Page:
If you're familiar with All About Jazz, you know that we've dedicated over two decades to supporting jazz as an art form, and more importantly, the creative musicians who make it. Our enduring commitment has made All About Jazz one of the most culturally important websites of its kind in the world reaching hundreds of thousands of readers every month. However, to expand our offerings and develop new means to foster jazz discovery we need your help.
You can become a sustaining member for a modest $20 and in return, we'll immediately hide those pesky Google ads PLUS deliver exclusive content and provide access to future articles for a full year! This combination will not only improve your AAJ experience, it will allow us to continue to rigorously build on the great work we first started in 1995. Read on to view our project ideas...
Kendrick Scott's debut recording The Source exudes a sense of purpose with music that is carefully orchestrated, coolly executed, and has an appeal that is both contemporary and cerebral. Scott's respect for the art form is cognizant of the greats that have come before him, but clearly personifies his own voice alongside contemporaries like drummers Brian Blade and Eric Harland. He provides more than the element of keeping time by providing contour and feeling into his trap work, as recently witnessed on trumpeter Terence Blanchard's Flow (Blue Note, 2005).
This is music with a new outlook, as Scott's own group Oracle unites young players who are helping to shape today's music, including pianist Robert Glasper, guitarist Lionel Loueke, and saxophonist Seamus Blake. Together under Scott's impressive leadership they breathe life into freshly penned material including a unique version of "107 Steps, by Icelandic singer Bjork.
Both atmospheric and earthy, the music shows Scott's compositional prowess starting with the pensive and swelling "View From Above, featuring a breath-taking solo by guitarist Mike Moreno and a lush sax dialogue between Seamus Blake and Myron Walden that builds in intensity. Scott's drumming is excellent as his percussion flourishes within the music; never overpowering yet always in command. One of the many stand-outs is "Search for Noesis, finding Scott in a duo piece where he artfully improvises alongside a repeated guitar riff that is quite memorable.
Band members, many of which are long time associates, appear on various cuts, bringing their individual giftslike singer Gretchen Parlato's lovely vocals on "Journey, Myron Walden's robust bass clarinet on "Memory's Wavering Echo, and Aaron Parks' touching piano on "View From Above (Reprise).
The hip-hop/neo-soul referenced "VCB might be the only slight misstep with its muddled sound effects but the ending tunes "Psalm and "Retrospect with Scott's illuminating drumming and wonderful contributions from allmake The Source one of this years outstanding releases.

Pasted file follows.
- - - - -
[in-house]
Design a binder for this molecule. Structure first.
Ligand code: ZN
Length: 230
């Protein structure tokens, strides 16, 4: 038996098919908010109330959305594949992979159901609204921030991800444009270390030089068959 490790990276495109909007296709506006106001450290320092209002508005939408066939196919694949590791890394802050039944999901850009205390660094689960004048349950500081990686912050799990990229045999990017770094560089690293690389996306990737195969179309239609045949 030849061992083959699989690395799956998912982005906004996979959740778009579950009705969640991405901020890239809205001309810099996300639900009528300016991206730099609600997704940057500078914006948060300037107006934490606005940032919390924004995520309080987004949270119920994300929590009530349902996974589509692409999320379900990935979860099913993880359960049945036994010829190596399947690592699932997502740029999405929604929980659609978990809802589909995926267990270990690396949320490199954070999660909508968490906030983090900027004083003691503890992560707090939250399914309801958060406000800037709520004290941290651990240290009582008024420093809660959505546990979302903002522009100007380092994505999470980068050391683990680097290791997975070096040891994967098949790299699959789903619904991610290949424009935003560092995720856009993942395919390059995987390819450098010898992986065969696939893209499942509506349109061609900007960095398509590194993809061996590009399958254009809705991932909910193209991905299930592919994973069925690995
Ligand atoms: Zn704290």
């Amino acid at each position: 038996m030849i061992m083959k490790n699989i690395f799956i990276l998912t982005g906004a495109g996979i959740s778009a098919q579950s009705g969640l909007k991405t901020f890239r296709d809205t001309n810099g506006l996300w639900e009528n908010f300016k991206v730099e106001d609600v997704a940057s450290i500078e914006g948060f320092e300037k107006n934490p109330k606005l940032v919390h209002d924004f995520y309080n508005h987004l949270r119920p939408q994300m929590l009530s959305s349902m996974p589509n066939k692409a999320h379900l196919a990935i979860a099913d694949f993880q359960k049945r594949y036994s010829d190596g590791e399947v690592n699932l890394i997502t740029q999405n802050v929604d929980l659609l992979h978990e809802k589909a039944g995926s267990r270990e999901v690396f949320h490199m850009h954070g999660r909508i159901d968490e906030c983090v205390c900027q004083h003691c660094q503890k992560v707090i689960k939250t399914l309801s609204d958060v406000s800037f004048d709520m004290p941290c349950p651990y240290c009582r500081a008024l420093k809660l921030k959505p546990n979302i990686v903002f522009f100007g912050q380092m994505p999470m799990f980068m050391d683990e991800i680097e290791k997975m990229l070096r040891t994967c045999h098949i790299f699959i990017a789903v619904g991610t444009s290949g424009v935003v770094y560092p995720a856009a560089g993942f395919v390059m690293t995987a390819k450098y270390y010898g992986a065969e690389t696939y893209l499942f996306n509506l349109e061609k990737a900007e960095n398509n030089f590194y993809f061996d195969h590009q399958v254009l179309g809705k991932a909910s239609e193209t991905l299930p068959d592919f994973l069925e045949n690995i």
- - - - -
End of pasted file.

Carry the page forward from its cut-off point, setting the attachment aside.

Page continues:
Track Listing: View From Above; Mantra; 107 Steps; Search For Noesis; Journey; VCB; Memory's Wavering Echo; View From Above (reprise); The Source; Psalm; Retrospect.
Personnel: Kendrick Scott: drums, voice (2,9,11); Gretchen Parlato: voice (6); Aaron Parks: piano (1,3,5,8,9,10), Fender Rhodes (2,6,7,11); Robert Glasper: piano (2), Fender Rhodes (9); Lionel Loueke: guitar (2,3); Lage Lund: guitar (6,7,9,10); Mike Moreno: guitar (1,4,5,6,7,11); Walter Smith III: tenor sax (1,5,10); Seamus Blake: tenor sax (1,5,10); Myron Walden: alto sax (1,7), soprano sax (2,3,9), bass clarinet(3,7,11); Derrick Hodge: acoustic bass (1,3,7,9,10), electric bass (2,6,11).
As a songwriter and vocalist, I love jazz for the experience of being in the center of intense creativity. It is the most potent form of music for keeping the artist and the audience in the 'now. Being in the moment is essential for humans, and we need help in learning how to do that. As a songwriter, I need the depth of musicality that jazz voicings can give my stories. My songs seem light and whimsical, but the message is not.
I met my main collaborator, Mark Fitzgibbon, at one of his gigs. I needed to do my first original album, and his playing was masterful, robust, and beautiful. At the time, I didn't realize how suited we were as a team. We're onto our 4rth album together.
My advice to new listeners is to listen to a really clear and simple version of a song so you can then hear what the musicians are doing and enjoy their creativity and musicality. Also, you have to see jazz live to appreciate it fully. You'll never feel it the same way listening to a CD or online. You need the vibration to go through your body to really get it!
We sent a confirmation message to . Look for it, then click the link to activate your account. If you don’t see the email in your inbox, check your spam, bulk or promotions folder.
Thanks for joining the All About Jazz community!